The suspension is firm front and back but never harsh. The MG feels like it carries its weight well and drives it through both tires in turns, providing excellent grip and letting the handling feel neutral on the initial turn-in. The V85 never felt overwhelmed, even though I’m “thicker” than most Italian test pilots at 240 pounds. This is a true testament to a simple suspension setup working well with properly damped valving and reasonable performance expectations from the rider.

Greater wind protection is achieved on the V85 TT Travel, which is fitted with a Touring windscreen and air deflectors. With the windscreen on its highest position, air pressure on the helmet is claimed to be reduced by an extra 50%.

Thirty-seven percent better wind protection is a significant claim for the V85 TT over the outgoing 2023 model, but the numbers don’t lie. Cruising on the TT Travel with a taller screen and handguards feels like being in an “air-deflecting bubble.” The plastic handguards come stock on the TT and TT Travel, and can be added to the Strada optionally. The chilly winter weather would have been harder to deal with if not for the effective wind protection.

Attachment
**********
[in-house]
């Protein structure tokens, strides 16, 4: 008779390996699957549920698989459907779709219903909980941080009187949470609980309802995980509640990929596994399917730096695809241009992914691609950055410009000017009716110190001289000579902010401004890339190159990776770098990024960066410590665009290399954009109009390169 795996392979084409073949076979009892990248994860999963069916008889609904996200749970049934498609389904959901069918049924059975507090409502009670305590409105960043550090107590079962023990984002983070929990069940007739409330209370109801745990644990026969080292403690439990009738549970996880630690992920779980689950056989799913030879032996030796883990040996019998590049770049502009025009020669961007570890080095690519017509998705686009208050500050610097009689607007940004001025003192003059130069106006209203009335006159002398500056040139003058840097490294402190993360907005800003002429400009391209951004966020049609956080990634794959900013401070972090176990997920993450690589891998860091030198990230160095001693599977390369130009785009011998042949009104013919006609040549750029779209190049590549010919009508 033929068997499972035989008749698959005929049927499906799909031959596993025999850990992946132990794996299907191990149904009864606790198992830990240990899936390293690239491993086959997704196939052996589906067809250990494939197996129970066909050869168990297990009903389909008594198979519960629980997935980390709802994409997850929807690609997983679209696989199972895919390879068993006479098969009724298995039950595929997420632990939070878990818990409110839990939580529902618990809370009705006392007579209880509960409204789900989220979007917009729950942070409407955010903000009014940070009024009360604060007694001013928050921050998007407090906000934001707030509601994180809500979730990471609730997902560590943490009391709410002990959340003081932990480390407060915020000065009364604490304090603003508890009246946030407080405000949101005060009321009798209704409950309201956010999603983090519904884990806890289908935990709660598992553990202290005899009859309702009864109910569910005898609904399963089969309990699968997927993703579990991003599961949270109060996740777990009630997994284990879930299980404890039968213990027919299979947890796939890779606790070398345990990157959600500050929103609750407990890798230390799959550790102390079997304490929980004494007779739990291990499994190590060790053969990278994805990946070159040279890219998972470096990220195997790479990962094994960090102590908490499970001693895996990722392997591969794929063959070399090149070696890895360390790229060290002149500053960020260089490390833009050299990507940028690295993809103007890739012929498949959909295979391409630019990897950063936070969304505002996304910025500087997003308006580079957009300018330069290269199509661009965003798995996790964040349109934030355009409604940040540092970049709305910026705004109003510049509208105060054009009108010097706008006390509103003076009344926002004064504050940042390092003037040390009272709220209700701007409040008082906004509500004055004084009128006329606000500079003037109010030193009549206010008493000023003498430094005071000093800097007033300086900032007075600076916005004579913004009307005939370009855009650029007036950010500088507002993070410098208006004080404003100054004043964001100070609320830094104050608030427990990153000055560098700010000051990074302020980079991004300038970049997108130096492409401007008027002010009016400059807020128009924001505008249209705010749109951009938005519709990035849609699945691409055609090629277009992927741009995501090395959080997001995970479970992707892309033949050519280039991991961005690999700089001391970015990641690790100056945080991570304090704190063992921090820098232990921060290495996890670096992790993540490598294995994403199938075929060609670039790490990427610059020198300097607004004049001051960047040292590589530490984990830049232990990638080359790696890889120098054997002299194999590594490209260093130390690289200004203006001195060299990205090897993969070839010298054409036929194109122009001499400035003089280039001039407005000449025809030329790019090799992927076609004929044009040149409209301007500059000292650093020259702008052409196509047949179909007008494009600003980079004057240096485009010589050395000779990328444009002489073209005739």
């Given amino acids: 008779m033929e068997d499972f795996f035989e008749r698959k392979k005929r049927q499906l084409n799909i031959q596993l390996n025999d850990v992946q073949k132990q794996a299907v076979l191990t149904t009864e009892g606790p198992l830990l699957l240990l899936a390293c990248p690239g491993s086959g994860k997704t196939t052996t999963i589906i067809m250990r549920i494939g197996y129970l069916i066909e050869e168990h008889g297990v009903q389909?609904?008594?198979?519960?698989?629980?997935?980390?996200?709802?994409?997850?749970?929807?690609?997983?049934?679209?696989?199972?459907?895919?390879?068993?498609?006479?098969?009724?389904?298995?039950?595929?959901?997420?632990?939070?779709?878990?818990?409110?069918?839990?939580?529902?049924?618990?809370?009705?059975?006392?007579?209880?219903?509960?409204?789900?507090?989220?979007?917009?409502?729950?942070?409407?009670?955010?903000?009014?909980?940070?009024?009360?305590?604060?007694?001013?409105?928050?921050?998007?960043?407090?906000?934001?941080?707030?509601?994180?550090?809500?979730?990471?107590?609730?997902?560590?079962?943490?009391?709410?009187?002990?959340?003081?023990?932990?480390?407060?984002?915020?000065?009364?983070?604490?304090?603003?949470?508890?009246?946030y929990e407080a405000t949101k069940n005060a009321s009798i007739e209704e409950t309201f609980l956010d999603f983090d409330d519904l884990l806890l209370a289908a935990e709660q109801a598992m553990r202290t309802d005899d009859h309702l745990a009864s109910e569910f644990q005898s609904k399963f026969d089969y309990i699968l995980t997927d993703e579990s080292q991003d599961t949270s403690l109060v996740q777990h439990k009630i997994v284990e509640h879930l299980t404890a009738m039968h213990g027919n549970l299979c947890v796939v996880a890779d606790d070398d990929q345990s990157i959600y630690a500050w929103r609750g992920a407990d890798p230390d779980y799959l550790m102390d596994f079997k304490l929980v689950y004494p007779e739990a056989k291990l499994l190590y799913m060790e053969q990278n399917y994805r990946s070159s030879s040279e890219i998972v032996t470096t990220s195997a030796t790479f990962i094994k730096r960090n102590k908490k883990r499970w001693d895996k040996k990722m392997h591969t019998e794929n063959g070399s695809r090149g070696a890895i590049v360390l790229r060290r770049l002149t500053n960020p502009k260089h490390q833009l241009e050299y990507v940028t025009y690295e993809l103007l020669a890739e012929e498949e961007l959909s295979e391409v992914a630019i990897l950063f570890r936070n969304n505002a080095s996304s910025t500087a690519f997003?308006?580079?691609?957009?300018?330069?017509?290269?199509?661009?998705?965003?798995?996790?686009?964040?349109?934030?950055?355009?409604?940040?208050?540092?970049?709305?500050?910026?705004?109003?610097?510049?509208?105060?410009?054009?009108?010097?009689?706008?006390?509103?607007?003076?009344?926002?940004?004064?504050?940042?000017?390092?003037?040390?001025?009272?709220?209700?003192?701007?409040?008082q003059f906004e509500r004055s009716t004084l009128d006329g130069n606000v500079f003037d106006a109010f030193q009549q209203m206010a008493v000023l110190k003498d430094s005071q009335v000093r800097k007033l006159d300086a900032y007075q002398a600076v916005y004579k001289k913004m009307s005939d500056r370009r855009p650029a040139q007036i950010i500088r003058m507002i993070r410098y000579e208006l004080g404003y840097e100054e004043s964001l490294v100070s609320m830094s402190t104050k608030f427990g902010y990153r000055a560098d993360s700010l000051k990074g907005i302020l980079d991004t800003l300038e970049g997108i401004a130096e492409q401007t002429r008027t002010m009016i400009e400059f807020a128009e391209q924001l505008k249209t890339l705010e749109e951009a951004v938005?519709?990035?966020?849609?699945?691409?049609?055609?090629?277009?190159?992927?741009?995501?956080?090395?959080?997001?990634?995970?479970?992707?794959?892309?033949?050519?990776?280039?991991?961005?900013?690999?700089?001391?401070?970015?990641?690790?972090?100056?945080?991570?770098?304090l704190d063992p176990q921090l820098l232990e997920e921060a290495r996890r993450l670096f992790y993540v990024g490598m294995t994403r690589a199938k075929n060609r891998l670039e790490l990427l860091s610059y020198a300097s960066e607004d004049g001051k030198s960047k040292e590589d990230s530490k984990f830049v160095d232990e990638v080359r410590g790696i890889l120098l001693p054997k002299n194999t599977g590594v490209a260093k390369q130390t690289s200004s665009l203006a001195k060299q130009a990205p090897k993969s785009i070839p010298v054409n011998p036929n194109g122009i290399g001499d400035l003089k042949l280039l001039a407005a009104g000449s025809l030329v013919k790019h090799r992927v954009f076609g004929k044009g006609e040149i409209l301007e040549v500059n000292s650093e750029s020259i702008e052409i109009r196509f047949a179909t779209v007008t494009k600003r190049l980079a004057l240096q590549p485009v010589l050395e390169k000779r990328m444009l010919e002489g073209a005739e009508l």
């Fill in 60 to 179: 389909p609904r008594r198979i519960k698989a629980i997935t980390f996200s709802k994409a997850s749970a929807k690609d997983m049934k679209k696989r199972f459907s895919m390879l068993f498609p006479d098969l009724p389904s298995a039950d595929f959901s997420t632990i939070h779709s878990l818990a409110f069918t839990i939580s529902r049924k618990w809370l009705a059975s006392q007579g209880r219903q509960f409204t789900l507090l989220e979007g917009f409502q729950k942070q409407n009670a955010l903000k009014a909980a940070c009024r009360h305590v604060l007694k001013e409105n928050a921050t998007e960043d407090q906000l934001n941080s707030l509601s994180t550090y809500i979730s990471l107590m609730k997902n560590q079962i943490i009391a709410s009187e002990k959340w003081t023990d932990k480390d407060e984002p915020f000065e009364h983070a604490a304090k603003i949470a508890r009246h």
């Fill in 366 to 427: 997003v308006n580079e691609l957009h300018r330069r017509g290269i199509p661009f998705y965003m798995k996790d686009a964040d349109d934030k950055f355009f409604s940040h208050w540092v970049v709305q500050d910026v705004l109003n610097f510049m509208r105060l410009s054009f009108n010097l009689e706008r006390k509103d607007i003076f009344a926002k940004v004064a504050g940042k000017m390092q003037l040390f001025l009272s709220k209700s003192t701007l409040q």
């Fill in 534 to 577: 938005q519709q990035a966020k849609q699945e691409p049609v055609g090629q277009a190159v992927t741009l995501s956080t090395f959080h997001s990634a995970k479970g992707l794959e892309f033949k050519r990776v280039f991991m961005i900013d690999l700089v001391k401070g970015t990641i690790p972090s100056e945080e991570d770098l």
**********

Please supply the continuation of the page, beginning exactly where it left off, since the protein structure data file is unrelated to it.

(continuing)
Cruising (as one does on a Moto Guzzi) down a short section of highway, I felt cool. Riding an air-cooled Italian motorcycle towards the coast of the Alboran Sea will be one of those surreal moments for me. It’s also when the V85 clicked the most with me. The enjoyment that the V-twin brings, with its charm and character, sets the MG apart.

The combination of reduced air pressure, near-perfect engine tuning, Brembo monoblock calipers, and variable valve timing all came together, all at once, as we hummed along at highway speeds. This motorcycle is lovely going down the road at sensible speeds. Taking in the sights and feelings of the world around me, I couldn’t help but feel nostalgically connected to the Moto Guzzi brand.

Perfect weather, a Moto Guzzi on twisty tarmac in Spain, and my impending 40th birthday might have contributed to this moment of Zen and motorcycling, and I couldn’t help but wonder if MG enthusiasts feel it all the time.